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Common injections used to treat knee arthritis can make it worse

The discovery is based on two studies involving 360 patients in the US with painful and stiff knees.

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By Mark Waghorn via SWNS

Common steroid injections used to treat osteoarthritis actually make the crippling condition worse, according to new research.

Cortisone jabs speed up degeneration of cartilage - making knee or hip replacement surgery more likely.

They relieve pain but speed up the progression of the disease, scientists say. The discovery is based on two studies involving 360 patients in the US with painful and stiff knees.

Hyaluronic acid - found in moisturizers, lip fillers and beauty creams - was found to be a more effective alternative.

Lead author Dr. Upasana Upadhyay Bharadwaj, of the University of California, San Francisco, said: "Both corticosteroid and hyaluronic acid injections are reported to help with symptomatic pain relief for knee osteoarthritis.

"Our results conclusively show corticosteroids are associated with significant progression of knee osteoarthritis up to two years post-injection and must be administered with caution.

"Hyaluronic acid, on the other hand, may slow down progression of knee osteoarthritis and alleviate long-term effects while offering symptomatic relief."

An older man sits on the floor with his hands on his painful knees.
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His team looked at 210 patients of whom 44 were given corticosteroids, 26 hyaluronic acid and the remaining 140 had no injections at all.

The treatment and control groups were matched by age, sex, body mass index, pain and physical activity scores, and severity of the disease.

An analysis showed corticosteroid knee injections were significantly associated with the overall progression of osteoarthritis in the knee.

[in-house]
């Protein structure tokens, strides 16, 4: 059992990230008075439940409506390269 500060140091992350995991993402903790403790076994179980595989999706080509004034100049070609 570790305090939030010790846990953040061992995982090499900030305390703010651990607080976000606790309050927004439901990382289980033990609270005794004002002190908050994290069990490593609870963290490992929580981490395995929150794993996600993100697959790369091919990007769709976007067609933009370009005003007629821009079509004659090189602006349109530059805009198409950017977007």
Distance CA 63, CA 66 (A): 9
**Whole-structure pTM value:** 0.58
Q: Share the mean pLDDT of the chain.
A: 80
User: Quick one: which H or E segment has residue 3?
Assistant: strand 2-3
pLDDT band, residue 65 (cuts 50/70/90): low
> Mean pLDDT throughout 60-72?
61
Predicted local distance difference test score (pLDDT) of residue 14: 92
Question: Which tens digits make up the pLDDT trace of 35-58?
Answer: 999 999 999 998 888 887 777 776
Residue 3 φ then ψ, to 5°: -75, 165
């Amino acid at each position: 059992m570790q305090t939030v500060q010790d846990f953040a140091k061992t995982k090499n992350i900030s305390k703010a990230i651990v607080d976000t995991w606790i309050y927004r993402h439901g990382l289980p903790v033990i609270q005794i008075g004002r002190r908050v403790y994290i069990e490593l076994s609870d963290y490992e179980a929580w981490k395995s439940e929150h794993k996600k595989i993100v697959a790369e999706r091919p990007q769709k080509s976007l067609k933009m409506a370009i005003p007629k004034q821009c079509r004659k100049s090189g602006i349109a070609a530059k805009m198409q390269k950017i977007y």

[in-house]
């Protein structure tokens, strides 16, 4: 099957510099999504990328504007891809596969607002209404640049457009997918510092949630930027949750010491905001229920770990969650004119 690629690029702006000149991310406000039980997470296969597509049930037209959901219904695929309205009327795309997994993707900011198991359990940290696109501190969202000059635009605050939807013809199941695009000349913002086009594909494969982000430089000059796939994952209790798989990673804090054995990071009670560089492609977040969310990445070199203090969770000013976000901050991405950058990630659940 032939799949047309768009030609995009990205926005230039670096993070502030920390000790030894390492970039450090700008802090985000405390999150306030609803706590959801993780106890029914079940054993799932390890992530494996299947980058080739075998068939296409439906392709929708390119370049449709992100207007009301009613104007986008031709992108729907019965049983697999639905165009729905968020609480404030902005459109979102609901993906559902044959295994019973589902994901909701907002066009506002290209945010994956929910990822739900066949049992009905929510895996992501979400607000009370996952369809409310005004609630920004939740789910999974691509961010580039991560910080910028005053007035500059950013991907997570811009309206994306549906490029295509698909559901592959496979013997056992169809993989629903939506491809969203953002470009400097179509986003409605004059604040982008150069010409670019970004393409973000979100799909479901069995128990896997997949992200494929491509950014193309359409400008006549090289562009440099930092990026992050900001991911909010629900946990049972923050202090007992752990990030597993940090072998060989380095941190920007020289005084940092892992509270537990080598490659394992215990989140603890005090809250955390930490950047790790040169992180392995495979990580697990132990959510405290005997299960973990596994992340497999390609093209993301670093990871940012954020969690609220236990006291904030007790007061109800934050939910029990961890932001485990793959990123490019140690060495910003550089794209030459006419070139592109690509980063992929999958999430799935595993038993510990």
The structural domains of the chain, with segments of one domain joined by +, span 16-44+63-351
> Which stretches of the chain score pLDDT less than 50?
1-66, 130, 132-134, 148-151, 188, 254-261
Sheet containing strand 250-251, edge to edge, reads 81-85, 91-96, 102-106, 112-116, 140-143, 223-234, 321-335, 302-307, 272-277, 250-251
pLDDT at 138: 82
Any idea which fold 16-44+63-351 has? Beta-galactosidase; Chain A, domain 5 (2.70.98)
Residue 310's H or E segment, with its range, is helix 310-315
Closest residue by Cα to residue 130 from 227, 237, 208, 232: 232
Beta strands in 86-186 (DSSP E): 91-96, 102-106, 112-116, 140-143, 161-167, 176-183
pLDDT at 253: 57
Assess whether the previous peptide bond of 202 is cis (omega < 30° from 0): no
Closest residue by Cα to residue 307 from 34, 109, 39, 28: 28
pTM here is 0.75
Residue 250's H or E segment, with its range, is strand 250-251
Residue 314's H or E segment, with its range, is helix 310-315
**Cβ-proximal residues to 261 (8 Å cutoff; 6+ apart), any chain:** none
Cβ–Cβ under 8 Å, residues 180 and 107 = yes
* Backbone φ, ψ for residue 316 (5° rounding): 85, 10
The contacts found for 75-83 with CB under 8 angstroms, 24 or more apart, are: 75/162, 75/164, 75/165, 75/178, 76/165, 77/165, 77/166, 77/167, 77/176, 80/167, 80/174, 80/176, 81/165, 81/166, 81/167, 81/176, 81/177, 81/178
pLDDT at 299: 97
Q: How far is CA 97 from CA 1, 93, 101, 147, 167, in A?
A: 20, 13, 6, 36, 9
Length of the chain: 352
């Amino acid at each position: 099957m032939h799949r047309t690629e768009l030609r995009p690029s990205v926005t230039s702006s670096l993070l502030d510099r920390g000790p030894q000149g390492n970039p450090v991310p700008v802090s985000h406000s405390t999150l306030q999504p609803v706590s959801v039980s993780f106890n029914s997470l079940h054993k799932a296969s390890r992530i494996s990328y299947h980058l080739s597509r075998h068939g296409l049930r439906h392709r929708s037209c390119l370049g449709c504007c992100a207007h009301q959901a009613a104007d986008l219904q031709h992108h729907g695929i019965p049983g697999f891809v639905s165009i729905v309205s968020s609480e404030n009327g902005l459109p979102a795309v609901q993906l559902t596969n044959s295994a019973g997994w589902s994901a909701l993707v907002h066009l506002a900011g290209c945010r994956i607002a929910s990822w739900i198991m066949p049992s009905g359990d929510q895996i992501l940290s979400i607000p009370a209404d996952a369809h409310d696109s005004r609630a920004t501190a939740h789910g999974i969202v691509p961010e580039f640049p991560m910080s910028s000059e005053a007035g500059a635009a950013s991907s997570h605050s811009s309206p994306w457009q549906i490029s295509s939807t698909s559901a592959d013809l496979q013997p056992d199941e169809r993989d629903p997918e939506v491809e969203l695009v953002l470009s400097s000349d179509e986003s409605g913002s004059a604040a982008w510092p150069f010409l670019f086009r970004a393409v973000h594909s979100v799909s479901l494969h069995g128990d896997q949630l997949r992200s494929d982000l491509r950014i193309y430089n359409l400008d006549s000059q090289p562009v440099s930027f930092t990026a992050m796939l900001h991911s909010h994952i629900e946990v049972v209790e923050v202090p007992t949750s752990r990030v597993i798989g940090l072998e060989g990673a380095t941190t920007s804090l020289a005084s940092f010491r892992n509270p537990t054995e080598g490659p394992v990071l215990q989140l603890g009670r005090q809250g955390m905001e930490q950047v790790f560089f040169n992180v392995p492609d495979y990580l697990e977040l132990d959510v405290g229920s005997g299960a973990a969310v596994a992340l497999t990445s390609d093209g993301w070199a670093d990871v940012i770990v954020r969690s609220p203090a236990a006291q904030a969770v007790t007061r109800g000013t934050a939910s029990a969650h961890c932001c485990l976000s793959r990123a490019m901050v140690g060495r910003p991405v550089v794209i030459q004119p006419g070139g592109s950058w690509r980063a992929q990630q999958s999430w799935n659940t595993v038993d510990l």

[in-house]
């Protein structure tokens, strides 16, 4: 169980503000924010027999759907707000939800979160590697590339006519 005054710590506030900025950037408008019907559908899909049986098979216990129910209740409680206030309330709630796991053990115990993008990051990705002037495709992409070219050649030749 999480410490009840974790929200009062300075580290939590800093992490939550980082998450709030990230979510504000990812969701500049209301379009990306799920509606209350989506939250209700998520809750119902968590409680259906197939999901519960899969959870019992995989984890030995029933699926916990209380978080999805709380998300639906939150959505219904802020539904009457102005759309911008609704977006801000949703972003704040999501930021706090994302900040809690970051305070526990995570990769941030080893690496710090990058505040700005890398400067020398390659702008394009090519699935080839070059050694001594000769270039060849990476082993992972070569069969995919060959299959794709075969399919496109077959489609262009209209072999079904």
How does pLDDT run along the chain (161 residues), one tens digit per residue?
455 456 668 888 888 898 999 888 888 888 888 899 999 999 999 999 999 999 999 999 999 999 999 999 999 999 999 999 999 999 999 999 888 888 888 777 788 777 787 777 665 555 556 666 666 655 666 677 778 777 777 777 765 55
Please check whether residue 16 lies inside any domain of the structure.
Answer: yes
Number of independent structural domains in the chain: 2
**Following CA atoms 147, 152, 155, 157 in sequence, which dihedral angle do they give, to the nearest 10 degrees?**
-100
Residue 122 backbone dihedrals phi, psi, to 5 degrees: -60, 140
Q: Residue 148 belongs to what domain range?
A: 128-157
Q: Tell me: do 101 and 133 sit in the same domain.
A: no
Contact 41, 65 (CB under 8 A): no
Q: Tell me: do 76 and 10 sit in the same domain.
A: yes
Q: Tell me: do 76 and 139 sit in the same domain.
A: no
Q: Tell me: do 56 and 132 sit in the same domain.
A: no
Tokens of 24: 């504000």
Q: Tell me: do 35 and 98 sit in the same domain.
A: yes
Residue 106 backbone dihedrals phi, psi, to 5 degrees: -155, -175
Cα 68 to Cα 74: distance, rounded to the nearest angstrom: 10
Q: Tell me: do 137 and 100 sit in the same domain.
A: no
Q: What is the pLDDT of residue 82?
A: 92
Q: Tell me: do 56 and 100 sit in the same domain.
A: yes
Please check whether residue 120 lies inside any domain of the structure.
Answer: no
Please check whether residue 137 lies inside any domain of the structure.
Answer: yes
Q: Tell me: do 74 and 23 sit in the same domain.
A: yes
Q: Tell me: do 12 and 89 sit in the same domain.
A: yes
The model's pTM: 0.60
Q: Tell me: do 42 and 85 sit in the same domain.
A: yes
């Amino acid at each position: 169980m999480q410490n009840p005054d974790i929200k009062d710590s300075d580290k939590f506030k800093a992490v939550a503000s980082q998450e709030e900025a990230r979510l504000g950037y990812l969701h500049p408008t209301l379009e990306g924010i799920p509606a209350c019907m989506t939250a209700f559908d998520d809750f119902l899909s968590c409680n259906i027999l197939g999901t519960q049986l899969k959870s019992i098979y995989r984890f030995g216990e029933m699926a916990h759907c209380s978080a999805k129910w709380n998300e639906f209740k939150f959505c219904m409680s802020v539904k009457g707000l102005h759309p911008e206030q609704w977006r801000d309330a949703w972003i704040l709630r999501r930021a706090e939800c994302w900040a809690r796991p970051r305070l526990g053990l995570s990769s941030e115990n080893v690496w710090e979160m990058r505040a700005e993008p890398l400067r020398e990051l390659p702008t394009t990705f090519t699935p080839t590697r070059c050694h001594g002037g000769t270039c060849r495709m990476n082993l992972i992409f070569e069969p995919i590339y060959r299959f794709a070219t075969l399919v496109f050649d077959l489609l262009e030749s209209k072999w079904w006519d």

This was not the case with the hyaluronic acid group. Compared to the controls they showed a decreased progression of osteoarthritis - specifically in bone marrow lesions.

Dr. Upadhyay Bharadwaj said: "This is the first direct comparison of corticosteroid and hyaluronic acid injections using the semi-quantitative, whole organ assessment of the knee with MRI."

Magnetic resonance imaging (MRI) was performed on all patients at the time of the injection and two years before and after.

The second study included 50 patients who received corticosteroids, 50 hyaluronic acid and another 50 who were not injected.

The former group had significantly more osteoarthritis progression including narrowing of the space in the medial joint - a hallmark of the disease.

Lead author Azad Darbandi, a student at Chicago Medical School said: "While these injections provide some patients with short-term pain relief, the effects of the injections on the progression of the disease are unknown.

Patients underwent X-ray imaging of the knee at the outset and again two years later.

Darbandi said: "Even though imaging findings for all patients were similar at baseline, the imaging hallmarks of osteoarthritis were worse two years later in patients who received corticosteroid injections compared to patients who received hyaluronic acid injections or no treatment at all.

"The results suggest that hyaluronic acid injections should be further explored for the management of knee osteoarthritis symptoms, and that steroid injections should be utilized with more caution."

Osteoarthritis blights the lives of around 8.5 million people in the UK. It is the most common form of arthritis - affecting more than 500 million worldwide.

It occurs most frequently in the hands, hips and knees. In patients, the cartilage that cushions the joint gradually wears away.

Arthritis is often accompanied by inflammation, or swelling, of the joint, which can be painful.

Added Dr. Upadhyay Bharadwaj: "Knowing the long-term effects of these injections will help osteoarthritis patients and clinicians make more informed decisions for managing the disease and the pain it causes."

The results were presented at a Radiological Society of North America meeting in Chicago.

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